In March, I will be lauching my new website– (or It will contain a growing library of quality video productions focused on real estate and lifestule issues at the hyperlocal level. I will be interviewing local business owners, neighborhood asscoiation leaders, politicians, etc. I will be covering zoning issues as well as the permitting process in Boston. Also, expect to see lots of stuff on parks, schools and transportation.

    My goal, in time, is to become the local real estate conversation hub–we will see if it’s successful. Oh, and by the way, I have 30+ agents assiting me in the discovery and storytelling process. Talk about lveraging your assets.

    So yes, Rob, real estate companies as local online newspapers makes perfect sense…but I’m looking at it more as a news studio and broadcastting or multicasting system than say a newspapers. Wish me luck–I’m gonna need it.

  2. January 21, 2009 10:42 pm

    Realtors’ blogs can never replace local newspapers for all sorts of reasons, but first and foremost is the time needed to sort, process and vet information before publishing. There is just far too much for an individual – or even a team – to do.

    But – what a Realtor blog can accomplish is this – becoming a part of the community, part of the fabric of conversation, a source for information and opinion.

    Funny you write that about community; one of my goals for my blogs this year is to focus on building and contributing to the community. I want my sites to be hubs – the default location for people to go to when they want to find out an expert opinion on what assessments are doing, how to challenge them, what impact a downzoning might have on them and their neighbors … the topics are endless.

    It comes down to this – be the expert. Not an expert – the expert that people turn to.

  3. January 21, 2009 11:18 pm

    @Tim –

    I would love to track your progress — I’m assuming that you’ll be blogging about the ups and downs and unexpected challenges and the like, or at least video-blogging it. 🙂

    The thing I’m most curious about are issues surrounding transparency vs. authenticity for realtors.

    For example, I’m wondering if these ‘media’ activities means you are not considered a realtor while engaged in there, and therefore not subject to the various FHA type rules against steering and the like.

    Or even if we’re not talking legal issues, the big question is whether a real estate broker can speak negatively about an area, or an establishment, etc. For example, say you’re writing an article on a park that happens to be a seedy hangout. Do you say, “So Macarthur Park is dangerous after dark, and you can find crack vials on the playground — avoid it at all costs”?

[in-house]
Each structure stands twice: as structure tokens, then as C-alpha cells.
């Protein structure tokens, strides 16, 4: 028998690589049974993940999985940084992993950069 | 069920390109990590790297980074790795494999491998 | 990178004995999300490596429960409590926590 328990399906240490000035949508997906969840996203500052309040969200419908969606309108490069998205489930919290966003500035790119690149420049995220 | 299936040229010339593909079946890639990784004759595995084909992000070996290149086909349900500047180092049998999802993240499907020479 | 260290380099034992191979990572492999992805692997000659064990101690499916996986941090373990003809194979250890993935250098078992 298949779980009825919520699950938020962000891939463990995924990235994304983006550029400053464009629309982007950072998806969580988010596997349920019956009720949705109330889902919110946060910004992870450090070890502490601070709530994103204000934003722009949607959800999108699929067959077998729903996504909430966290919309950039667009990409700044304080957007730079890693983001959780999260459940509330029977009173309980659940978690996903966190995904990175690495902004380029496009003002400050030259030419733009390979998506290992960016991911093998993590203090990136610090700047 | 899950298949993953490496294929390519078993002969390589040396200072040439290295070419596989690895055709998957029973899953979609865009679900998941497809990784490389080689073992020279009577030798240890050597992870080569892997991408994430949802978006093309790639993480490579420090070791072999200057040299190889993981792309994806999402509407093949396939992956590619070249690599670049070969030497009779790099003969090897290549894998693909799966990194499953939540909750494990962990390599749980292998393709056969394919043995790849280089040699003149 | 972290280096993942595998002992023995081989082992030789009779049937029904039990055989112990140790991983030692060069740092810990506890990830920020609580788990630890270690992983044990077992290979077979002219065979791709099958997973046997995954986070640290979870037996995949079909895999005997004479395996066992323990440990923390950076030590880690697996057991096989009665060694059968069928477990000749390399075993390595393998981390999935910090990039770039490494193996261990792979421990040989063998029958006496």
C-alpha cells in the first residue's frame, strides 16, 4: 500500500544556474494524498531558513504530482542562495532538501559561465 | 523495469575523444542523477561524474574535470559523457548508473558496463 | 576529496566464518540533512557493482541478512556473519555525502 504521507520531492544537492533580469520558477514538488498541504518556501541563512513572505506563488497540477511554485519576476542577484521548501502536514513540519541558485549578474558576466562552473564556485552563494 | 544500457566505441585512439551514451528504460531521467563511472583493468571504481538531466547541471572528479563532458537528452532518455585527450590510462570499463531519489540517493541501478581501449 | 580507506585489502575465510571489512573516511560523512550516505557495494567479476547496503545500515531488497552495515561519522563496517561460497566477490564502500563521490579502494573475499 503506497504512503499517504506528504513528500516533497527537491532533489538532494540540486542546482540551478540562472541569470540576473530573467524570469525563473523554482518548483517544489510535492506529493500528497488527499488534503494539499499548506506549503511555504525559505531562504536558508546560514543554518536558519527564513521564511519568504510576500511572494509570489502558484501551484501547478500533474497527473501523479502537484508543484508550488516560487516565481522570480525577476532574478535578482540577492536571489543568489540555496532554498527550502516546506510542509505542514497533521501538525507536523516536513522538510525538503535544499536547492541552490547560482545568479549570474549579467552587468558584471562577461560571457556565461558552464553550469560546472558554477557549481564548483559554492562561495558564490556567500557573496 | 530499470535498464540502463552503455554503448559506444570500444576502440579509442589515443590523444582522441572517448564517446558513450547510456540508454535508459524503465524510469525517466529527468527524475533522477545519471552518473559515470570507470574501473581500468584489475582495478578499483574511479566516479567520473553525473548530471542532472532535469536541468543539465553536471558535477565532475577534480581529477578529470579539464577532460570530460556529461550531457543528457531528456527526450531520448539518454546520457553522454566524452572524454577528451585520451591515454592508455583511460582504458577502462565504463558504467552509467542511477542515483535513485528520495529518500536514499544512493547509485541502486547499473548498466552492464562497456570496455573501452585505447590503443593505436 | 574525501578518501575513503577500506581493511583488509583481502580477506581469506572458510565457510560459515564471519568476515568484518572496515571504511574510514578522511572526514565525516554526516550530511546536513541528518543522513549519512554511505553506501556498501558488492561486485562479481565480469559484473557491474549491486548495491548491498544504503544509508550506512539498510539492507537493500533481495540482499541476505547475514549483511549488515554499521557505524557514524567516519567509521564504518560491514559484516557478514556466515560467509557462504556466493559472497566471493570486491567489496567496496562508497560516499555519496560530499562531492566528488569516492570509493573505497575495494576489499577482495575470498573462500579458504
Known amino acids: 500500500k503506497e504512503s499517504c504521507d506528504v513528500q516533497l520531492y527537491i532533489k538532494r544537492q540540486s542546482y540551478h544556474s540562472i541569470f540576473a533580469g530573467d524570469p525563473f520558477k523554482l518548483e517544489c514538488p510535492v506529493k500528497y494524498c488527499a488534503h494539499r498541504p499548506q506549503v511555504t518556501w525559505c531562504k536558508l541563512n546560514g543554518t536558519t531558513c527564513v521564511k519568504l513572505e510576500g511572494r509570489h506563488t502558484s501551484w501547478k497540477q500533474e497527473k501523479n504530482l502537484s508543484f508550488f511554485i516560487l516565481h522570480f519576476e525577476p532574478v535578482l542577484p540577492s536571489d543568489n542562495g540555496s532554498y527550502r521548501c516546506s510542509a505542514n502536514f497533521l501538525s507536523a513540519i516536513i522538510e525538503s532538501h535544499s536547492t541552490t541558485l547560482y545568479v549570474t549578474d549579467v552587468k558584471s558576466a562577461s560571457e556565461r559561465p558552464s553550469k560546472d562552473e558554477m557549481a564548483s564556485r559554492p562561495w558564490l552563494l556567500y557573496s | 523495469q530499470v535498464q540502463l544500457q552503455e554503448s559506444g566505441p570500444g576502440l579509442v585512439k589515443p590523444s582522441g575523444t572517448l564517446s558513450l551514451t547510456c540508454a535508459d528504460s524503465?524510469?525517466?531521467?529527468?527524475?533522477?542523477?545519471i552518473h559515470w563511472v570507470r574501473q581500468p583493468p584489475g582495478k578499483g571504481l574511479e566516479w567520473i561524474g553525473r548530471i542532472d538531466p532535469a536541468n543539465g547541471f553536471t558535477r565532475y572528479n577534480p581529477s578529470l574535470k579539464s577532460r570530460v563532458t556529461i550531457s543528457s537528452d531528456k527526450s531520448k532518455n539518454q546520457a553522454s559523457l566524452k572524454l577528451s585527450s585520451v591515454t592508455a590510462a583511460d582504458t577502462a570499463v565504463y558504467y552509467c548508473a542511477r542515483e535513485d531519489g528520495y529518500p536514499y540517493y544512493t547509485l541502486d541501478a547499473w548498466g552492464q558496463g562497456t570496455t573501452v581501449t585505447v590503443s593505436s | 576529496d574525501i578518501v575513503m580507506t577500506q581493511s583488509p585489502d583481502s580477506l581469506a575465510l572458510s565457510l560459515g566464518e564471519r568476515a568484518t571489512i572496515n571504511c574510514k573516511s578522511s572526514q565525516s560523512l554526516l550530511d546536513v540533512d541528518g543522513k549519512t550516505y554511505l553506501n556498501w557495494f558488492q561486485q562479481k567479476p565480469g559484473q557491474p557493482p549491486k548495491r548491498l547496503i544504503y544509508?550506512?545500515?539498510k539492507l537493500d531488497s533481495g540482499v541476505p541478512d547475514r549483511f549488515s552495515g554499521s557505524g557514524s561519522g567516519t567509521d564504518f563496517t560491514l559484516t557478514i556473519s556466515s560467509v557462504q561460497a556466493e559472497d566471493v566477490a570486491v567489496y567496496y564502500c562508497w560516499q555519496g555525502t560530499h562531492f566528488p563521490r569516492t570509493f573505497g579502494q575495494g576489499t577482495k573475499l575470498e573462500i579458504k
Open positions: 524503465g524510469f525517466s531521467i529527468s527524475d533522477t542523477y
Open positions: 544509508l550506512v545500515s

I do think it’s a worthy goal to become a local resident news/info center; I’d just like to see how it’s done by real estate people instead of media people. 🙂


  4. January 22, 2009 8:36 am

    I think that you can report on the facts about a community without being negative. For example, a housing trends report is based on actual historical statistics, as you are well aware Rob from your association with Infomatics. Now, lets say that on any given month the sats don’t tell a postive story about what’s going on in the RE market. Am I going to report? Absoultely, on the front page of the site in fact. It’s about offering the conusmer transparency and access to factual information.

    By the same tolken, am I going to report on the recent mugging in the park? The answer is no, but I will provide an active local news api on the front page that tickers through local storys covered by the more generalst-type publications. If a story pops up on that api about the park mugging, then consumers can go ahead and click on the link and read all about it.

    Newspapers, or media outlets, come in many shapes and sizes. The New York Time is one model, Vanity Fair is another…and still entertainment Weekly is a third. My point is not to get hung up on the term “newspaper.” In fact, I don’t think it’s too far of a stretch to say that newspaeprs of the future won’t look anything like what they are today. Rather, they will be nodes in a vast network of news, but that’s another story.

    I guess, what I will be doing can best be described as a real estate digest which will include some original reporting, but also links to other soruces that extend the conversation further. My philosphy is to do what I do best and link to the rest (thanks Jeff Jarvis).

    Finalyy, shortly after the launch of the new site I intend to launch an industry facing blog that will cover the trials and tribualtions of my own experience with this project…so that otherss may learn from my successes and failures.

  5. January 22, 2009 9:56 am

    @Tim –

    I think I see what you’re saying. Your focus, then, is still on the local real estate market, rather than the local community. From that perspective, sure, going negative isn’t a problem.